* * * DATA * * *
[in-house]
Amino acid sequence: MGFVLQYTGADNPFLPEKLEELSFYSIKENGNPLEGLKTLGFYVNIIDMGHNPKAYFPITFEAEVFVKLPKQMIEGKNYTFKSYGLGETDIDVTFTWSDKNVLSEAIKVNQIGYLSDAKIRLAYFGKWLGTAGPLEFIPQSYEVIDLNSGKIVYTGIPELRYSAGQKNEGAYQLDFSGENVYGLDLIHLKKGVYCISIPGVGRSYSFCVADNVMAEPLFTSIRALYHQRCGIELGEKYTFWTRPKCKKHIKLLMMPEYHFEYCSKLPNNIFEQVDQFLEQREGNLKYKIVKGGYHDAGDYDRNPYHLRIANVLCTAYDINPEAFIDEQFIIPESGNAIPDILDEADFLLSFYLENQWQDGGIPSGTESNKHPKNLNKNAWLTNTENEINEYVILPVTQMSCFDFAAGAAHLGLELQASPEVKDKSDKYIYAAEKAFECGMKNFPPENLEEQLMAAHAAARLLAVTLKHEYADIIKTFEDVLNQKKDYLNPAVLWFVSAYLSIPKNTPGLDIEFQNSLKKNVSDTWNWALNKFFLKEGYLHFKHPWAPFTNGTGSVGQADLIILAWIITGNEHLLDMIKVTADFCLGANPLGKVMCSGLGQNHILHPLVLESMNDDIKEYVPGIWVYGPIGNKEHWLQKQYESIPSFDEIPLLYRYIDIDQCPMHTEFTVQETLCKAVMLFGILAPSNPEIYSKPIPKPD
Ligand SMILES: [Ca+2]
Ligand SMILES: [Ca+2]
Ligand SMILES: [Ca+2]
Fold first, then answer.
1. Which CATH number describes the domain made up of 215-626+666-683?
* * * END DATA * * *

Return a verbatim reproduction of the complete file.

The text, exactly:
[in-house]
Amino acid sequence: MGFVLQYTGADNPFLPEKLEELSFYSIKENGNPLEGLKTLGFYVNIIDMGHNPKAYFPITFEAEVFVKLPKQMIEGKNYTFKSYGLGETDIDVTFTWSDKNVLSEAIKVNQIGYLSDAKIRLAYFGKWLGTAGPLEFIPQSYEVIDLNSGKIVYTGIPELRYSAGQKNEGAYQLDFSGENVYGLDLIHLKKGVYCISIPGVGRSYSFCVADNVMAEPLFTSIRALYHQRCGIELGEKYTFWTRPKCKKHIKLLMMPEYHFEYCSKLPNNIFEQVDQFLEQREGNLKYKIVKGGYHDAGDYDRNPYHLRIANVLCTAYDINPEAFIDEQFIIPESGNAIPDILDEADFLLSFYLENQWQDGGIPSGTESNKHPKNLNKNAWLTNTENEINEYVILPVTQMSCFDFAAGAAHLGLELQASPEVKDKSDKYIYAAEKAFECGMKNFPPENLEEQLMAAHAAARLLAVTLKHEYADIIKTFEDVLNQKKDYLNPAVLWFVSAYLSIPKNTPGLDIEFQNSLKKNVSDTWNWALNKFFLKEGYLHFKHPWAPFTNGTGSVGQADLIILAWIITGNEHLLDMIKVTADFCLGANPLGKVMCSGLGQNHILHPLVLESMNDDIKEYVPGIWVYGPIGNKEHWLQKQYESIPSFDEIPLLYRYIDIDQCPMHTEFTVQETLCKAVMLFGILAPSNPEIYSKPIPKPD
Ligand SMILES: [Ca+2]
Ligand SMILES: [Ca+2]
Ligand SMILES: [Ca+2]
Fold first, then answer.
1. Which CATH number describes the domain made up of 215-626+666-683?